Ruth Drown got some of her ideas from Dr. Albert Abrams, king of 20th century gadget quacks, who died in 1924 after having made millions leasing his machines and treating patients with them. According to the Abrams “theory,” which he called ERA, all parts of the body vibrate and emit electrical impulses of different, ascertainable frequencies, What’s more, he maintained, diseased organs emit impulses of different frequencies from healthy ones. To diagnose illness he “tuned in” the patient’s blood specimen on an Abrams ERA machine, noting where abnormal vibrations were occurring and pretended to pinpoint the nature of the illness from the rate of vibration. The “cure” consisted allegedly feeding proper vibrations into the body with another Abrams machine, thus overcoming the improper ones.
The American Medical Association’s Department of Investigation has estimated that the Abrams contraptions inspired at least 50 imitations. In state and federal legal actions against such devices, experts repeatedly testified that both the machines and the theory behind them are sheer nonsense. This did not deter Ruth Drown, who took the old master’s notions and added many colorful and imaginative twists of her own.
At Drown Laboratories a patient was told to sit beside an impressive console and put his feet on two footpads made of German silver. The console had nine knobs arranged in three rows of three, and each knob had settings numbered from zero through 10, On the console panel there was also a micro-ammeter. Near the right-hand corner of the desk on which the console was mounted was a small rectangular rubber membrane clamped down by a metal frame. Next to this was a cylindrical well about an inch and a half deep.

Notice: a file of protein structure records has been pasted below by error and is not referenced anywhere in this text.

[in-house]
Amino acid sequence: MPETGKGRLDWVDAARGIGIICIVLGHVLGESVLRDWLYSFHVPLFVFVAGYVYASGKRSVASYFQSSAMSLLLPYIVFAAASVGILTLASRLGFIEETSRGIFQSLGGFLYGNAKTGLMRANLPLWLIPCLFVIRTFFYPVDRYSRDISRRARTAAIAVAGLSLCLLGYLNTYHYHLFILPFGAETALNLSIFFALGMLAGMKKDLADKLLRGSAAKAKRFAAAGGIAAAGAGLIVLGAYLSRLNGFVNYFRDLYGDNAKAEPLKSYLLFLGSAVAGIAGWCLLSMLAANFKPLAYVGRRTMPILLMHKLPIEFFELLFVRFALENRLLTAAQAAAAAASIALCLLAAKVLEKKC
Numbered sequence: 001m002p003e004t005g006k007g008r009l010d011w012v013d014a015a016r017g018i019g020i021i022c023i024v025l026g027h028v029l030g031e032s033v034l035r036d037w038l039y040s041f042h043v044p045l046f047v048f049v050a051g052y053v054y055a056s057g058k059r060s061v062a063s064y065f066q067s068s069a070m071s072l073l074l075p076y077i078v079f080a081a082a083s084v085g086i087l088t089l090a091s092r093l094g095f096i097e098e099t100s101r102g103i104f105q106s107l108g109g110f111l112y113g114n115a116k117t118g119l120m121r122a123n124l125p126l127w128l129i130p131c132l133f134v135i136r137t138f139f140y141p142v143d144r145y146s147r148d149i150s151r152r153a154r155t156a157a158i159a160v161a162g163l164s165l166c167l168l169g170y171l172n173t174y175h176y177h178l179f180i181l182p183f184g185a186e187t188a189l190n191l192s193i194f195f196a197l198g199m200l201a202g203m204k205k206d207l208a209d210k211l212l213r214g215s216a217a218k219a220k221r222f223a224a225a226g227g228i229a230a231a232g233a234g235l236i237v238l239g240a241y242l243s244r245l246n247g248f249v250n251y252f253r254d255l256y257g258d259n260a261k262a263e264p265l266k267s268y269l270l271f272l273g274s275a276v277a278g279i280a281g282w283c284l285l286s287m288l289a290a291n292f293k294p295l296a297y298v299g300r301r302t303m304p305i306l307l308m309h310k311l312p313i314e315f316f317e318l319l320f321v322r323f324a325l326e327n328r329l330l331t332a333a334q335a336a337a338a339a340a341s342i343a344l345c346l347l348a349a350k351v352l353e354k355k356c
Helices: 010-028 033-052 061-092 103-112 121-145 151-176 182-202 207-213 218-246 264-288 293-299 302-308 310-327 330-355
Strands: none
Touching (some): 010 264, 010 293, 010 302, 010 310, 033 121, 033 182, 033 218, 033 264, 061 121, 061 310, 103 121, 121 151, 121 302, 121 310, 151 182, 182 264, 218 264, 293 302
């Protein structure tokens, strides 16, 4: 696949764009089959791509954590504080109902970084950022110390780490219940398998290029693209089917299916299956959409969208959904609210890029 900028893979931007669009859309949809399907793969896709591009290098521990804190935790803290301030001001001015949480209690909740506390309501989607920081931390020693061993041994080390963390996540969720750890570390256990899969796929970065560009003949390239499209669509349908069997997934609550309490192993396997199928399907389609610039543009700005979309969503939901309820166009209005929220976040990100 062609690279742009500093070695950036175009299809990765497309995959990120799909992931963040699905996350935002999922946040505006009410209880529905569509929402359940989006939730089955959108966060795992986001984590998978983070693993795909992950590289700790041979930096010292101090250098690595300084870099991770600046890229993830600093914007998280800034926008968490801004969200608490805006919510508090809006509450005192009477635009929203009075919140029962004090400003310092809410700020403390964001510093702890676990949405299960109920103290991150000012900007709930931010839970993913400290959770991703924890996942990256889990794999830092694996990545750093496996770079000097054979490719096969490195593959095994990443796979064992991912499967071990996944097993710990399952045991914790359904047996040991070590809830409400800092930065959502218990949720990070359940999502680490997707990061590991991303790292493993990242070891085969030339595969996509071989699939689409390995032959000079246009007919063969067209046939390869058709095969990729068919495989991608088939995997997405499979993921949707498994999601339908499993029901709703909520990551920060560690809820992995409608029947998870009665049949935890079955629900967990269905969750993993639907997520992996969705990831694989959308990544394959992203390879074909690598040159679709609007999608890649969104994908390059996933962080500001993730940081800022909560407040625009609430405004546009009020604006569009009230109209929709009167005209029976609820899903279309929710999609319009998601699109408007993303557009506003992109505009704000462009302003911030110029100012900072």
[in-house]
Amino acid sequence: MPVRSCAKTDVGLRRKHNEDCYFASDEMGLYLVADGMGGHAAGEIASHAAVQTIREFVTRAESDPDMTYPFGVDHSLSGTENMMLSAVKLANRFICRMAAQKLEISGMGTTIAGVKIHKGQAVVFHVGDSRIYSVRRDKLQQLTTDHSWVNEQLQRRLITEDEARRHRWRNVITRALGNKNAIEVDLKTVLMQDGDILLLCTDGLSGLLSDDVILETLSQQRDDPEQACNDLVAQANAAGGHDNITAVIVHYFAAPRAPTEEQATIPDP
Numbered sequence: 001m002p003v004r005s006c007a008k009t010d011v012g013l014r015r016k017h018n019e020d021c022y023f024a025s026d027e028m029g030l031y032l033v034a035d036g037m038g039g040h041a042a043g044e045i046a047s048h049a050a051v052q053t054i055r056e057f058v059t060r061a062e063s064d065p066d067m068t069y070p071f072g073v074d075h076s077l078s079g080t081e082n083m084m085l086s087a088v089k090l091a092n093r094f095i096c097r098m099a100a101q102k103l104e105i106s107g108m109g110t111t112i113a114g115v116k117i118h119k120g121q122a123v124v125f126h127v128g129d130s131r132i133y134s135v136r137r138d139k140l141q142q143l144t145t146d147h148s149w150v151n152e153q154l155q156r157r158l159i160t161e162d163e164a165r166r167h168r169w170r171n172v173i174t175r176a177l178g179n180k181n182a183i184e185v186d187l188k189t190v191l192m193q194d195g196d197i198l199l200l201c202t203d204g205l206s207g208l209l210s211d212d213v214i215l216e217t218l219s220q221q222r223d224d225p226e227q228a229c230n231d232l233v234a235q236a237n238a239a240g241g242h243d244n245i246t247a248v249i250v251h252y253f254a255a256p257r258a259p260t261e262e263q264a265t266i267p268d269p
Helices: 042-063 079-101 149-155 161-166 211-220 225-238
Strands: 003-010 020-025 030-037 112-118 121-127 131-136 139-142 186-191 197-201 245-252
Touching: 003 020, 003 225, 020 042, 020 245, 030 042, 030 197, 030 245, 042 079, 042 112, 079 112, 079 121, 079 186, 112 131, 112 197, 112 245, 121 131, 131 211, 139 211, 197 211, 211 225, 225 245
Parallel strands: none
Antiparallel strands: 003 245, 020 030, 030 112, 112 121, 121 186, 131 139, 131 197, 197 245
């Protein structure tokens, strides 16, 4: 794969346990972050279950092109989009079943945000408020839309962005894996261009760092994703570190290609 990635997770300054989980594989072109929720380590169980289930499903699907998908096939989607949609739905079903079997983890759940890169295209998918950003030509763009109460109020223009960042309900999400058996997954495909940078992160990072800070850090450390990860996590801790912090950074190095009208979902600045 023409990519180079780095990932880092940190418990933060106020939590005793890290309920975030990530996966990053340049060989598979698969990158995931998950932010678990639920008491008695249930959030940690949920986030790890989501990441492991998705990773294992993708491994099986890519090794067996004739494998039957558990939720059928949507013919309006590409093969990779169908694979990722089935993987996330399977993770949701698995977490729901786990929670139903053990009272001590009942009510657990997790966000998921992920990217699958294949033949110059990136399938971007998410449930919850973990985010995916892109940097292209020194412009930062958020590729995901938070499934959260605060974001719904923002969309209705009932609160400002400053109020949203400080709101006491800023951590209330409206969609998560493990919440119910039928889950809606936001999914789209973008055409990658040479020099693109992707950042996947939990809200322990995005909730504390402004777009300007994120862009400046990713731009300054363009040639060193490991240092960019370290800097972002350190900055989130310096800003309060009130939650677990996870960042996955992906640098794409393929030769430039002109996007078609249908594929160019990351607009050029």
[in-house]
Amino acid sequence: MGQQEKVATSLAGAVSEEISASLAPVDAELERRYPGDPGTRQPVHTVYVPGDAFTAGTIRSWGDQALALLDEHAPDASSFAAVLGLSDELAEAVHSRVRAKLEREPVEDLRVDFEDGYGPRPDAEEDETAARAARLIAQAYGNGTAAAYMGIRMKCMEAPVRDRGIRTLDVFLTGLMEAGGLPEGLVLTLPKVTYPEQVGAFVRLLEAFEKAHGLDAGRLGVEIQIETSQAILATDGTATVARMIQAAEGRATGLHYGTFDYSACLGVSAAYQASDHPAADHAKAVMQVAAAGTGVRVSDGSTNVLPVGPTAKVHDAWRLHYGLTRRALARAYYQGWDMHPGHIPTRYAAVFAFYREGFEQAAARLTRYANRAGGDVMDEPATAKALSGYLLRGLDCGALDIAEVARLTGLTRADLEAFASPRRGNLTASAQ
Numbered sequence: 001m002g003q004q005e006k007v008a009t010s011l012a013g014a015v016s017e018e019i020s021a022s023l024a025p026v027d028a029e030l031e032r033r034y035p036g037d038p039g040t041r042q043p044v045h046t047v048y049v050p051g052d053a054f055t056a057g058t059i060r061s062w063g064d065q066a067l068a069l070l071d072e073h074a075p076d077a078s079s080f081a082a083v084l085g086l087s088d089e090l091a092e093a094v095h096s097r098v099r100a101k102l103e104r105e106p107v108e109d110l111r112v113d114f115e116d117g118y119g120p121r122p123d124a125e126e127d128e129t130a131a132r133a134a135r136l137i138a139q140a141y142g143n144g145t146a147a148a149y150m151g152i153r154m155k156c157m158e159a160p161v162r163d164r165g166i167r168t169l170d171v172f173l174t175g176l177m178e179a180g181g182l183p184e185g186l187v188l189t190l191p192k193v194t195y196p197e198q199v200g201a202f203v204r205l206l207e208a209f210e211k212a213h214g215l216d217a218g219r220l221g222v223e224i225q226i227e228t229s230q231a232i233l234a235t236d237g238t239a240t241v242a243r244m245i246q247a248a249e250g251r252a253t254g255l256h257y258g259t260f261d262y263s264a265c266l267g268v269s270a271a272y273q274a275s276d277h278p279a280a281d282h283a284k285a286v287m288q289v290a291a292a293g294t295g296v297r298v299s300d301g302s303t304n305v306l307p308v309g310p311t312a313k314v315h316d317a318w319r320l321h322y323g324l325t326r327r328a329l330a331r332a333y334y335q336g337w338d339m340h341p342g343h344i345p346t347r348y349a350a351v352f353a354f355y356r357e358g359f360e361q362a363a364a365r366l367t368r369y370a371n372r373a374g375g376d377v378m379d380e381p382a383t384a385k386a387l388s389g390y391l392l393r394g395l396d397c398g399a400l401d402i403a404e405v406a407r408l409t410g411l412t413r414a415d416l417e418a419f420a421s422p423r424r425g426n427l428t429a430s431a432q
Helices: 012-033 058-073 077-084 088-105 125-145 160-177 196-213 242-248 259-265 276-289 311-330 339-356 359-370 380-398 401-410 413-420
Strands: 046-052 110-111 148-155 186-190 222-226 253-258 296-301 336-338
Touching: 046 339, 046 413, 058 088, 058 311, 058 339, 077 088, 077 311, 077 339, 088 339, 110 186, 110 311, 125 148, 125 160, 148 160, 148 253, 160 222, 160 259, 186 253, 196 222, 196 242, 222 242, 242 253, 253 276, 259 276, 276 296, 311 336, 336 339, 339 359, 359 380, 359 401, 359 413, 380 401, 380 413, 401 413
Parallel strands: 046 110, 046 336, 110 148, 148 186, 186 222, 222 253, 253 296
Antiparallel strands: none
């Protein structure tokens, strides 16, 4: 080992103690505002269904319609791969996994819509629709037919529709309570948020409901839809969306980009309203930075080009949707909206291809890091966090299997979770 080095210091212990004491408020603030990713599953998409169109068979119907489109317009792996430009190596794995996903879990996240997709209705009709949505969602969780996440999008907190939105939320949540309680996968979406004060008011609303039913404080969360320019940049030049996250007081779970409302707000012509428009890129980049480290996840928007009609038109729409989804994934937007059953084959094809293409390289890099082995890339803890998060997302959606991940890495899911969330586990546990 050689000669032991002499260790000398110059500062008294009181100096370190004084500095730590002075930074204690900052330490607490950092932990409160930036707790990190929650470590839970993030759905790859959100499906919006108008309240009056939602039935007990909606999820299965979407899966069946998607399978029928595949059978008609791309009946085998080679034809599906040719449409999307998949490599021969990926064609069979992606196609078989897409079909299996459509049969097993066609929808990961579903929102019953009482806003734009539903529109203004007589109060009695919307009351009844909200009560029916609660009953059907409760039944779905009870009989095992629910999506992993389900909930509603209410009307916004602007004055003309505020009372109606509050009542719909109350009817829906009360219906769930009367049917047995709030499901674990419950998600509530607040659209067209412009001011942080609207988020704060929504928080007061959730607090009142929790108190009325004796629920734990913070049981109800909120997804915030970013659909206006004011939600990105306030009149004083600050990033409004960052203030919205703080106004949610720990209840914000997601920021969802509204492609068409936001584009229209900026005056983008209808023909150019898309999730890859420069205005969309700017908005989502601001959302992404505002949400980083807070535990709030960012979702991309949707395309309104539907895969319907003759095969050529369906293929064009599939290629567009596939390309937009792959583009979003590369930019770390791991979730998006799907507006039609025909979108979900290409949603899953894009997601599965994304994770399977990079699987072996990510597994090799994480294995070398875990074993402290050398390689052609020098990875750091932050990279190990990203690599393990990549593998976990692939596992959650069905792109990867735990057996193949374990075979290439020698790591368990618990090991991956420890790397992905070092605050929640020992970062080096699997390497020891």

Seated at the console, Doctor Drown placed an electrode on some portion of the patient’s body, Usually his abdomen. This immediately caused a movement of the needle on the ammeter. With her right middle finger, on which she wore a rubber covering, Doctor Drown then stroked the rubber membrane while making adjustments on the nine dials with her left hand. When her finger began to “stick” or squeak on the rubber, this indicated that the dial settings were beginning to approach the vibration rate of the part or organ of the body that she was supposedly testing.
Next she would open a drawer of her desk and draw forth a number of sealed glass vials, each containing a different chemical. These she would insert, unopened, into the well in the desk, one by one, while continuing to make delicate adjustments on the dials. By this means she supposedly arrived at the exact vibration rate. She would then read off the numbers at which the dials were set, beginning with the upper left dial and proceeding horizontally across the three rows to the lower right. This composite number, taken down by an assistant on a large chart, represented the vibration rate of the illness, which could be looked up in an immense “rate book.”